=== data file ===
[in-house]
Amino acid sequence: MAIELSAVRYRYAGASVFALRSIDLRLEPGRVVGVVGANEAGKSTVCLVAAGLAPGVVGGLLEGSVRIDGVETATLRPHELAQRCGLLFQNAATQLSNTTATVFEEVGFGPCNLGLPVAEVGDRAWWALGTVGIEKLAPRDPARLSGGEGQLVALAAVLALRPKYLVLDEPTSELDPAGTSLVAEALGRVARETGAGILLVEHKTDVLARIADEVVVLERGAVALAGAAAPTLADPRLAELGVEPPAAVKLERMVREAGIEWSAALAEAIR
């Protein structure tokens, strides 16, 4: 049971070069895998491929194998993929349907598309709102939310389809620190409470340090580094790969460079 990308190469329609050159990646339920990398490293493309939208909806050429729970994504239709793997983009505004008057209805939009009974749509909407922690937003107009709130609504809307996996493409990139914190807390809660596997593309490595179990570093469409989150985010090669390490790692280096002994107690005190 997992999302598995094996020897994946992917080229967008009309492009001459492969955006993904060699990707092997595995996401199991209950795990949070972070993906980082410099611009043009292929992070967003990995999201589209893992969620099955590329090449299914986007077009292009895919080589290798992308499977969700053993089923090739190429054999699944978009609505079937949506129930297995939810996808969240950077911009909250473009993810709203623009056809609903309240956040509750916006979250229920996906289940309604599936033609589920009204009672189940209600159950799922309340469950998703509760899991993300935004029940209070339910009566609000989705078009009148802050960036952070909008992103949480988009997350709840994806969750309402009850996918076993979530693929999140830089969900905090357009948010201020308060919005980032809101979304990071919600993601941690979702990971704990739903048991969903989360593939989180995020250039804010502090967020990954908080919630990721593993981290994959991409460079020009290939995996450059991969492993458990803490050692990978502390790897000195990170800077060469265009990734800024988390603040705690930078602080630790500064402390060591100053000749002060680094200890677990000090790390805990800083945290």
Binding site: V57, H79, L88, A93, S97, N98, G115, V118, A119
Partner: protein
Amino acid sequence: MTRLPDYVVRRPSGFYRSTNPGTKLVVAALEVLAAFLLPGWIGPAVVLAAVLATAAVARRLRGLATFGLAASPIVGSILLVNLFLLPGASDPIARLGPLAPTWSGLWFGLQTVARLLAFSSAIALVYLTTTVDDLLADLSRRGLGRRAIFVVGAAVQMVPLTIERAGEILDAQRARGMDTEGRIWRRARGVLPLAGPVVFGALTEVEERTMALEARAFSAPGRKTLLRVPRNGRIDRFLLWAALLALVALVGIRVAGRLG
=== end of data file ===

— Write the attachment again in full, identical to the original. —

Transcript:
[in-house]
Amino acid sequence: MAIELSAVRYRYAGASVFALRSIDLRLEPGRVVGVVGANEAGKSTVCLVAAGLAPGVVGGLLEGSVRIDGVETATLRPHELAQRCGLLFQNAATQLSNTTATVFEEVGFGPCNLGLPVAEVGDRAWWALGTVGIEKLAPRDPARLSGGEGQLVALAAVLALRPKYLVLDEPTSELDPAGTSLVAEALGRVARETGAGILLVEHKTDVLARIADEVVVLERGAVALAGAAAPTLADPRLAELGVEPPAAVKLERMVREAGIEWSAALAEAIR
């Protein structure tokens, strides 16, 4: 049971070069895998491929194998993929349907598309709102939310389809620190409470340090580094790969460079 990308190469329609050159990646339920990398490293493309939208909806050429729970994504239709793997983009505004008057209805939009009974749509909407922690937003107009709130609504809307996996493409990139914190807390809660596997593309490595179990570093469409989150985010090669390490790692280096002994107690005190 997992999302598995094996020897994946992917080229967008009309492009001459492969955006993904060699990707092997595995996401199991209950795990949070972070993906980082410099611009043009292929992070967003990995999201589209893992969620099955590329090449299914986007077009292009895919080589290798992308499977969700053993089923090739190429054999699944978009609505079937949506129930297995939810996808969240950077911009909250473009993810709203623009056809609903309240956040509750916006979250229920996906289940309604599936033609589920009204009672189940209600159950799922309340469950998703509760899991993300935004029940209070339910009566609000989705078009009148802050960036952070909008992103949480988009997350709840994806969750309402009850996918076993979530693929999140830089969900905090357009948010201020308060919005980032809101979304990071919600993601941690979702990971704990739903048991969903989360593939989180995020250039804010502090967020990954908080919630990721593993981290994959991409460079020009290939995996450059991969492993458990803490050692990978502390790897000195990170800077060469265009990734800024988390603040705690930078602080630790500064402390060591100053000749002060680094200890677990000090790390805990800083945290």
Binding site: V57, H79, L88, A93, S97, N98, G115, V118, A119
Partner: protein
Amino acid sequence: MTRLPDYVVRRPSGFYRSTNPGTKLVVAALEVLAAFLLPGWIGPAVVLAAVLATAAVARRLRGLATFGLAASPIVGSILLVNLFLLPGASDPIARLGPLAPTWSGLWFGLQTVARLLAFSSAIALVYLTTTVDDLLADLSRRGLGRRAIFVVGAAVQMVPLTIERAGEILDAQRARGMDTEGRIWRRARGVLPLAGPVVFGALTEVEERTMALEARAFSAPGRKTLLRVPRNGRIDRFLLWAALLALVALVGIRVAGRLG